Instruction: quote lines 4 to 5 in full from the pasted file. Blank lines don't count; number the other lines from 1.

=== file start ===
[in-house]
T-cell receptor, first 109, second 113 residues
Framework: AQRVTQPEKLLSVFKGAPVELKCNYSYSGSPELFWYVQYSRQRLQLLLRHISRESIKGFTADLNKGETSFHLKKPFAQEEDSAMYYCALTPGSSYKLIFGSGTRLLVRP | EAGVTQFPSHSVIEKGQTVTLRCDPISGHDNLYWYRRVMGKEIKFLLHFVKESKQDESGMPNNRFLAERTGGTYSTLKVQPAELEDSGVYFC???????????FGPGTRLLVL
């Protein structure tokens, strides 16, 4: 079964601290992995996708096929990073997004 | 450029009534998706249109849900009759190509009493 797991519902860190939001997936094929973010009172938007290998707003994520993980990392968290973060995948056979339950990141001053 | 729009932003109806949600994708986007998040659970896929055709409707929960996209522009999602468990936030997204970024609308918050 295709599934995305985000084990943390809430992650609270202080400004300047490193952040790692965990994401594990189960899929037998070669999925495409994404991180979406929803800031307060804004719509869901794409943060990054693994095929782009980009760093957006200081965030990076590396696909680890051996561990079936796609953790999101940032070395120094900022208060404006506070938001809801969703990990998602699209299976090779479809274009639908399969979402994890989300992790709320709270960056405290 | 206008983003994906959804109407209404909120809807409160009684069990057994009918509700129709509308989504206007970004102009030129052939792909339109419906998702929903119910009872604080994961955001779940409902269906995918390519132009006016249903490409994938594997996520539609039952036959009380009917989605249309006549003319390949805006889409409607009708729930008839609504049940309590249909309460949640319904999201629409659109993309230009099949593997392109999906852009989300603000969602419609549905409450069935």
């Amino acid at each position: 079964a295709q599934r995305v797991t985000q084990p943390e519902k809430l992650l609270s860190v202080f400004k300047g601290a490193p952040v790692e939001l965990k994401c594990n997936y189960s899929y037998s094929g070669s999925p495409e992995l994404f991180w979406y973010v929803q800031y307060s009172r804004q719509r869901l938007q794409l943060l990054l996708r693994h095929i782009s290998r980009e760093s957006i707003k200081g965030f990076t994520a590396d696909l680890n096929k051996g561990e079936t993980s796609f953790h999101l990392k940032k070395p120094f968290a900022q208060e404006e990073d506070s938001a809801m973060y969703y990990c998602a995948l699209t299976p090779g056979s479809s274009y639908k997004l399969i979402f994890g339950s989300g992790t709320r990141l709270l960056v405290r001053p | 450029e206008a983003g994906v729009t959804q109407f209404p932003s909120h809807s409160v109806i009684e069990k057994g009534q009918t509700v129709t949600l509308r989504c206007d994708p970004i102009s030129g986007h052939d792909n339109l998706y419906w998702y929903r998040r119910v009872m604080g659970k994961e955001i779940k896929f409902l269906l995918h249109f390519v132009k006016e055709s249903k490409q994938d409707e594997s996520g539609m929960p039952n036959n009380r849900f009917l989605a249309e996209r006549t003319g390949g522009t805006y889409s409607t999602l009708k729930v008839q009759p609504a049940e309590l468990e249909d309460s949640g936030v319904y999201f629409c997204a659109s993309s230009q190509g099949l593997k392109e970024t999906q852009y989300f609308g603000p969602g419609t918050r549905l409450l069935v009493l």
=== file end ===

């Protein structure tokens, strides 16, 4: 079964601290992995996708096929990073997004 | 450029009534998706249109849900009759190509009493 797991519902860190939001997936094929973010009172938007290998707003994520993980990392968290973060995948056979339950990141001053 | 729009932003109806949600994708986007998040659970896929055709409707929960996209522009999602468990936030997204970024609308918050 295709599934995305985000084990943390809430992650609270202080400004300047490193952040790692965990994401594990189960899929037998070669999925495409994404991180979406929803800031307060804004719509869901794409943060990054693994095929782009980009760093957006200081965030990076590396696909680890051996561990079936796609953790999101940032070395120094900022208060404006506070938001809801969703990990998602699209299976090779479809274009639908399969979402994890989300992790709320709270960056405290 | 206008983003994906959804109407209404909120809807409160009684069990057994009918509700129709509308989504206007970004102009030129052939792909339109419906998702929903119910009872604080994961955001779940409902269906995918390519132009006016249903490409994938594997996520539609039952036959009380009917989605249309006549003319390949805006889409409607009708729930008839609504049940309590249909309460949640319904999201629409659109993309230009099949593997392109999906852009989300603000969602419609549905409450069935």
């Amino acid at each position: 079964a295709q599934r995305v797991t985000q084990p943390e519902k809430l992650l609270s860190v202080f400004k300047g601290a490193p952040v790692e939001l965990k994401c594990n997936y189960s899929y037998s094929g070669s999925p495409e992995l994404f991180w979406y973010v929803q800031y307060s009172r804004q719509r869901l938007q794409l943060l990054l996708r693994h095929i782009s290998r980009e760093s957006i707003k200081g965030f990076t994520a590396d696909l680890n096929k051996g561990e079936t993980s796609f953790h999101l990392k940032k070395p120094f968290a900022q208060e404006e990073d506070s938001a809801m973060y969703y990990c998602a995948l699209t299976p090779g056979s479809s274009y639908k997004l399969i979402f994890g339950s989300g992790t709320r990141l709270l960056v405290r001053p | 450029e206008a983003g994906v729009t959804q109407f209404p932003s909120h809807s409160v109806i009684e069990k057994g009534q009918t509700v129709t949600l509308r989504c206007d994708p970004i102009s030129g986007h052939d792909n339109l998706y419906w998702y929903r998040r119910v009872m604080g659970k994961e955001i779940k896929f409902l269906l995918h249109f390519v132009k006016e055709s249903k490409q994938d409707e594997s996520g539609m929960p039952n036959n009380r849900f009917l989605a249309e996209r006549t003319g390949g522009t805006y889409s409607t999602l009708k729930v008839q009759p609504a049940e309590l468990e249909d309460s949640g936030v319904y999201f629409c997204a659109s993309s230009q190509g099949l593997k392109e970024t999906q852009y989300f609308g603000p969602g419609t918050r549905l409450l069935v009493l």